South Africa does not want the next UN Climate Change Conference, which it will host in Durban in November, to be the "death" of the Kyoto Protocol, says Environment Minister Edna Molewa.
Briefing the media at Parliament on Wednesday, ahead of debate on her department's Budget vote, she said government viewed continuation of the protocol as critical.
The first commitment period of the Kyoto Protocol – an international agreement, reached in 1997, to reduce greenhouse gas emissions – expires late next year.
The Durban conference, more formally, the 17th Conference of the Parties to the UN Framework Convention on Climate Change, aims to build on agreements reached during last year's conference – held in Cancun, Mexico – and establish a new global climate change regime.
Molewa said South Africa's role as conference host was to "facilitate a programme that will make us reach... a desirable outcome that continues to take forward the issues of climate change and not take them backwards".
Since Cancun, government had been listening carefully to what was being said by other countries.
"We've now got more or less an idea of what other countries are saying, and where are they likely to want to settle, or even the direction they want to go."
One of these was concern over extending the Kyoto Protocol with a so-called second commitment period.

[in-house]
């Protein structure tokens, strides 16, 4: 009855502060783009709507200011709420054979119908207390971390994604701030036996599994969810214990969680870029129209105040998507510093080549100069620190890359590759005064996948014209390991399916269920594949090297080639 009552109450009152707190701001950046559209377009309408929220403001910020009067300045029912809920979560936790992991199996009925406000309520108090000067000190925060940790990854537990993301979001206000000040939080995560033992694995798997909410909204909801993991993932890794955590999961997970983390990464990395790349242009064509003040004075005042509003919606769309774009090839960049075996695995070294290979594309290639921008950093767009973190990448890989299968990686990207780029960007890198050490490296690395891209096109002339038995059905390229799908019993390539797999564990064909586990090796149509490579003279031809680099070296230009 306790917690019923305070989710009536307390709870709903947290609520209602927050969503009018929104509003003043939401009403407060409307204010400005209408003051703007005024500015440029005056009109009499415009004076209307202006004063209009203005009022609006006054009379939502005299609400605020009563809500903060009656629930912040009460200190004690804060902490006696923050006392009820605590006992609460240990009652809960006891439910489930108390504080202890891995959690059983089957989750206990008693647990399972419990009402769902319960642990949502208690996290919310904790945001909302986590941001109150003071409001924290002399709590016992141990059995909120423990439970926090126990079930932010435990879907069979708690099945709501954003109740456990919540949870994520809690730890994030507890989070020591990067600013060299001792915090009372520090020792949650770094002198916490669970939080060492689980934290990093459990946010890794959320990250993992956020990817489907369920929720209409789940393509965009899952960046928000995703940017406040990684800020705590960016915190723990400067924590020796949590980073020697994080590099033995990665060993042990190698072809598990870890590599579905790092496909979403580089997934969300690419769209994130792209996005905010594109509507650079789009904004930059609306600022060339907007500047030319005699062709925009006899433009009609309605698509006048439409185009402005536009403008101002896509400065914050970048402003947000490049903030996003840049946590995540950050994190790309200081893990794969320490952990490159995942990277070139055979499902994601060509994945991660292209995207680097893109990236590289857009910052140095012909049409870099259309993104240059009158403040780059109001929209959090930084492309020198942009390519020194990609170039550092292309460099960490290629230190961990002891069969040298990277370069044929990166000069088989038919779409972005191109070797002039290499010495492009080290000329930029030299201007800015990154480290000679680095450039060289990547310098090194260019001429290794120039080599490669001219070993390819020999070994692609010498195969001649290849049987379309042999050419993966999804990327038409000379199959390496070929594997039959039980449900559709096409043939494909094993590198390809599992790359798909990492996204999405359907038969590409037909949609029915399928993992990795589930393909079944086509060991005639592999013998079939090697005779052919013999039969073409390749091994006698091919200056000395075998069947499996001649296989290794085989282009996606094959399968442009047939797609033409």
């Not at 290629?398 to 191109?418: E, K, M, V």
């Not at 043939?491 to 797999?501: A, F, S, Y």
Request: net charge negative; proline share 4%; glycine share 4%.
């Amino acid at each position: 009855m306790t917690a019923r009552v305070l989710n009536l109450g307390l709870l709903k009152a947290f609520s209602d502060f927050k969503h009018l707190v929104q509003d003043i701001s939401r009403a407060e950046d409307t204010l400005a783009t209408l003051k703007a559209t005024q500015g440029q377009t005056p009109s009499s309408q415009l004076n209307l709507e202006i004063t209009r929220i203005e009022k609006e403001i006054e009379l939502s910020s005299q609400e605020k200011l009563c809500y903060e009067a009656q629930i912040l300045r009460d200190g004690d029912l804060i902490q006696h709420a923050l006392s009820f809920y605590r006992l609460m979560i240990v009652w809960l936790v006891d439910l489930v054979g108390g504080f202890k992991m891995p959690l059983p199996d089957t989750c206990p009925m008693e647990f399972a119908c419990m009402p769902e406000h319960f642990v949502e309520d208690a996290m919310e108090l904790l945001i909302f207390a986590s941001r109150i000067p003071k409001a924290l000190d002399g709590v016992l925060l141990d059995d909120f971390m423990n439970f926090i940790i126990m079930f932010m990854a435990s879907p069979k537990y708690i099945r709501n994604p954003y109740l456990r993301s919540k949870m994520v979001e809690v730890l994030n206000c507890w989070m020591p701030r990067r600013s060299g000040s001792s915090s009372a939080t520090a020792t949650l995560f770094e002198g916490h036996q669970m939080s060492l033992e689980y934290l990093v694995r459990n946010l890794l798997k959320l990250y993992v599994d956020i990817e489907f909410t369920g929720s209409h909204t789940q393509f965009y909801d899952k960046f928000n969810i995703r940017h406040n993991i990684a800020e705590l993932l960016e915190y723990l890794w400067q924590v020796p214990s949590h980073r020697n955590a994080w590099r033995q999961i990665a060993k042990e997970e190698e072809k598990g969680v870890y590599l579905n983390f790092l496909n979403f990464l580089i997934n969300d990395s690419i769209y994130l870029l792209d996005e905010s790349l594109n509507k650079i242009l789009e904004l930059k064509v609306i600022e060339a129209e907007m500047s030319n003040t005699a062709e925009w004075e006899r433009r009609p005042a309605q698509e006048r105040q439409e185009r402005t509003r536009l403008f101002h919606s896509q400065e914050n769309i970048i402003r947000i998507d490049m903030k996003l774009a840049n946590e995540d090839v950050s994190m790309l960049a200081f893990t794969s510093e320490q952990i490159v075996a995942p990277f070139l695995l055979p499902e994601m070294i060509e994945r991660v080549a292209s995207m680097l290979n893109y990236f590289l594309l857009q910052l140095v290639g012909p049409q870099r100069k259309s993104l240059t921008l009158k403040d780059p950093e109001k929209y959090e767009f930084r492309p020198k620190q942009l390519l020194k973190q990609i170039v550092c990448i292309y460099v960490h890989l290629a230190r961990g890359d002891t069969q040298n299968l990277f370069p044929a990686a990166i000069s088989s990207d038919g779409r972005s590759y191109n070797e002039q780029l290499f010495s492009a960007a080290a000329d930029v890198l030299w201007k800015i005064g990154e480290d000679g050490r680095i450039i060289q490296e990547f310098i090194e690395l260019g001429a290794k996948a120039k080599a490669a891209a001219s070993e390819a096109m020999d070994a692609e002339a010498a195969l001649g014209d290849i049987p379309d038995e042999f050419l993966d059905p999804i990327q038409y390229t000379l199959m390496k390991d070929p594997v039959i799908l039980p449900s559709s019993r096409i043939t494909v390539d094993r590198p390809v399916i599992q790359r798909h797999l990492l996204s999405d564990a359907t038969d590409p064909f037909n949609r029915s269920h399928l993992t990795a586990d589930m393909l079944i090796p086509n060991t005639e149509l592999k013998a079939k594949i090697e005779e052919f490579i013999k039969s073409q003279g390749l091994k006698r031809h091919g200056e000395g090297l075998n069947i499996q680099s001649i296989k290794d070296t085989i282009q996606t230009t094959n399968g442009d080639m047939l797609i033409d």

"That period is quite critical for all of us, because in the Kyoto Protocol we carry the rules of operations, the rules of agreement, and none of us would like to lose those rules of operation.
"There are very serious ongoing discussions with other countries."
Some developed countries were saying they did not want to get into the second commitment of the Kyoto Protocol.
"We are negotiating, we are pushing hard. We believe that this is an area that we can't leave unattended, and something's got to come out of Durban, without having Durban being the death of the Kyoto Protocol, because that we wouldn't want to happen."
Molewa said South Africa would push harder to increase action by countries on controlling their carbon emissions, a major greenhouse gas.
There were also other issues that had "fallen through the cracks", including carbon "equity" and the two-track commitment to actions.
"We are saying this must be one track for developing countries, and the other for developed. There has to be a distinction between developed and emerging economies. The latter must be given the space and time to develop.
"This needs to be dealt with quite thoroughly. We don't think we should come out of Durban not actually having resolved this matter," she said.
Molewa also said a failure to implement some of the decisions that came out of Cancun could pose a "very big threat" to the Durban discussions.
This included the establishment of a $100-billion Green Climate Fund by 2020, and the transfer of technology to combat climate change to developing countries.
"These issues are very, very critical, in that the commitments made in supporting capacity and the transfer of technology in these funds is very important for developing countries.
"If the support doesn't come forth, this is actually a very big threat to the discussions in Durban. We think this is one area we've really got to focus on," she said.